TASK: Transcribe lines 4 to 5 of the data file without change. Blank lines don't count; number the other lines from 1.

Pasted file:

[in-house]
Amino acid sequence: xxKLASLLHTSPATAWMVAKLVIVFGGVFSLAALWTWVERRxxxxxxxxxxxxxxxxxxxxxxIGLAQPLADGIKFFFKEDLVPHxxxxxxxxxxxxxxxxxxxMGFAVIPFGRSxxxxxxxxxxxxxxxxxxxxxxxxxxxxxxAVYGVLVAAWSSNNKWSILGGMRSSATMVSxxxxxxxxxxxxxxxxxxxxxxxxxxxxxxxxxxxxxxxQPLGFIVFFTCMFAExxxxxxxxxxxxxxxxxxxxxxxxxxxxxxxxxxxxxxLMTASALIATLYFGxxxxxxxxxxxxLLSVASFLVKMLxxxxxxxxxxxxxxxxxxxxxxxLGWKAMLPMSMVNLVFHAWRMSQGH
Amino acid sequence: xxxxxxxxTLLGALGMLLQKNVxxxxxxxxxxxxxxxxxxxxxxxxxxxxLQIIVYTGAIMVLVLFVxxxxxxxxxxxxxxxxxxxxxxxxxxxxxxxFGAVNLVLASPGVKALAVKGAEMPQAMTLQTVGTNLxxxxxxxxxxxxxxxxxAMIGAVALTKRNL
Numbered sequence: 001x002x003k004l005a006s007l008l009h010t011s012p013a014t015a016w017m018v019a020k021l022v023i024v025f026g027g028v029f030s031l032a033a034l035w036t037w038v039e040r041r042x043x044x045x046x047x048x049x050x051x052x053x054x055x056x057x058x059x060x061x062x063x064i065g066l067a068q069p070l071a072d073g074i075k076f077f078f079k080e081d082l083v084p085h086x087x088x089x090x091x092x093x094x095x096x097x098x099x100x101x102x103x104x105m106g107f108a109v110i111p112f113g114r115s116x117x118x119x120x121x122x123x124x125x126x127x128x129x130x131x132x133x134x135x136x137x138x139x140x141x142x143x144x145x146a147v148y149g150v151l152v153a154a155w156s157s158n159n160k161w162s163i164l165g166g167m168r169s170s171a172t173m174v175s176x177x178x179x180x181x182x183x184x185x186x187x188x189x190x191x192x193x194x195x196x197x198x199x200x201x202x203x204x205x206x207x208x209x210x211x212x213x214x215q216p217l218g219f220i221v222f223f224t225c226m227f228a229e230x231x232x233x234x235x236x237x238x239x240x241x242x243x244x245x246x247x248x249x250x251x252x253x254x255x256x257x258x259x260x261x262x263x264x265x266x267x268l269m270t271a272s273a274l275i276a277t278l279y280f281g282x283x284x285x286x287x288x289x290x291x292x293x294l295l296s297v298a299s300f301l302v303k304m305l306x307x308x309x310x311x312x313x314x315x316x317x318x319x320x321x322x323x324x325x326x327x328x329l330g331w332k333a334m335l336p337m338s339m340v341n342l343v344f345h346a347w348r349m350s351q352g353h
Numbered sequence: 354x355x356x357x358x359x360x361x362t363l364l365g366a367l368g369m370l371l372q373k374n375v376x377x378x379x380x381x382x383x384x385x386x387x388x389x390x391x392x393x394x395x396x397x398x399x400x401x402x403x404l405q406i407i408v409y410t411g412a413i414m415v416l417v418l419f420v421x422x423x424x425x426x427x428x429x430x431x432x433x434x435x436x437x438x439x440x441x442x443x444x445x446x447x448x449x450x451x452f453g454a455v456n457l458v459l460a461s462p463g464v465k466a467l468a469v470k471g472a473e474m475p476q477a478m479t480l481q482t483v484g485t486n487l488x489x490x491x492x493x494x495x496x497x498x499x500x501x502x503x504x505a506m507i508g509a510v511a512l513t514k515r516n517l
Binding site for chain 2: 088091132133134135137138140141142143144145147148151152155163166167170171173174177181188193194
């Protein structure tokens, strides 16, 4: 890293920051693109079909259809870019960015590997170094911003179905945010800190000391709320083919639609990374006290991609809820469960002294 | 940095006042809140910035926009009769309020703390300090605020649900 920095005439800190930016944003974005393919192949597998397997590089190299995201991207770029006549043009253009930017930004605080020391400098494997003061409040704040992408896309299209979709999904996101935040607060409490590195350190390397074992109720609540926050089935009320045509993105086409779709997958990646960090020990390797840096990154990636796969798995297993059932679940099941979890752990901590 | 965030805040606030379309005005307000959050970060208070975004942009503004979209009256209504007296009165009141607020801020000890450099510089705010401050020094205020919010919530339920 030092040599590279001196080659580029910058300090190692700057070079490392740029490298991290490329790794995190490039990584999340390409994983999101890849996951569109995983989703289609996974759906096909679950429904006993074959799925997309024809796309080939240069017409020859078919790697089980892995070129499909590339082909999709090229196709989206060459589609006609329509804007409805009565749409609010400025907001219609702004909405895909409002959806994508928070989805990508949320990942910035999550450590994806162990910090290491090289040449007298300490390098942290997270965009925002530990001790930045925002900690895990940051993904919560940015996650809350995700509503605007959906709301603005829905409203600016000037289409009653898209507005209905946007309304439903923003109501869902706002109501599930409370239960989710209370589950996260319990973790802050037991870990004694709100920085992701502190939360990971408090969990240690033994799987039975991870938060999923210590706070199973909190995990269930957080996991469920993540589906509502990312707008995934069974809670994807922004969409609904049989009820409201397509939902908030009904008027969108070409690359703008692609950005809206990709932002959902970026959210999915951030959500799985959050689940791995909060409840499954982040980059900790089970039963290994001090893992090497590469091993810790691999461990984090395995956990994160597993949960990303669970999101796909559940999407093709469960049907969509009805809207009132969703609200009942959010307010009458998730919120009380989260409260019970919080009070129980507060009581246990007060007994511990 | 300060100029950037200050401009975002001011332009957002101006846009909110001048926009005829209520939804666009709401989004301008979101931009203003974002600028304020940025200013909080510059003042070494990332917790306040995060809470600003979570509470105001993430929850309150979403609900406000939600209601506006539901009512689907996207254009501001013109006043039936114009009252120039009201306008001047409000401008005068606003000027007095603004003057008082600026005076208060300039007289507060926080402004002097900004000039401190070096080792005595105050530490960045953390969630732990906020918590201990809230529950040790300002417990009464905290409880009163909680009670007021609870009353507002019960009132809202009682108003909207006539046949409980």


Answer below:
Numbered sequence: 001x002x003k004l005a006s007l008l009h010t011s012p013a014t015a016w017m018v019a020k021l022v023i024v025f026g027g028v029f030s031l032a033a034l035w036t037w038v039e040r041r042x043x044x045x046x047x048x049x050x051x052x053x054x055x056x057x058x059x060x061x062x063x064i065g066l067a068q069p070l071a072d073g074i075k076f077f078f079k080e081d082l083v084p085h086x087x088x089x090x091x092x093x094x095x096x097x098x099x100x101x102x103x104x105m106g107f108a109v110i111p112f113g114r115s116x117x118x119x120x121x122x123x124x125x126x127x128x129x130x131x132x133x134x135x136x137x138x139x140x141x142x143x144x145x146a147v148y149g150v151l152v153a154a155w156s157s158n159n160k161w162s163i164l165g166g167m168r169s170s171a172t173m174v175s176x177x178x179x180x181x182x183x184x185x186x187x188x189x190x191x192x193x194x195x196x197x198x199x200x201x202x203x204x205x206x207x208x209x210x211x212x213x214x215q216p217l218g219f220i221v222f223f224t225c226m227f228a229e230x231x232x233x234x235x236x237x238x239x240x241x242x243x244x245x246x247x248x249x250x251x252x253x254x255x256x257x258x259x260x261x262x263x264x265x266x267x268l269m270t271a272s273a274l275i276a277t278l279y280f281g282x283x284x285x286x287x288x289x290x291x292x293x294l295l296s297v298a299s300f301l302v303k304m305l306x307x308x309x310x311x312x313x314x315x316x317x318x319x320x321x322x323x324x325x326x327x328x329l330g331w332k333a334m335l336p337m338s339m340v341n342l343v344f345h346a347w348r349m350s351q352g353h
Numbered sequence: 354x355x356x357x358x359x360x361x362t363l364l365g366a367l368g369m370l371l372q373k374n375v376x377x378x379x380x381x382x383x384x385x386x387x388x389x390x391x392x393x394x395x396x397x398x399x400x401x402x403x404l405q406i407i408v409y410t411g412a413i414m415v416l417v418l419f420v421x422x423x424x425x426x427x428x429x430x431x432x433x434x435x436x437x438x439x440x441x442x443x444x445x446x447x448x449x450x451x452f453g454a455v456n457l458v459l460a461s462p463g464v465k466a467l468a469v470k471g472a473e474m475p476q477a478m479t480l481q482t483v484g485t486n487l488x489x490x491x492x493x494x495x496x497x498x499x500x501x502x503x504x505a506m507i508g509a510v511a512l513t514k515r516n517l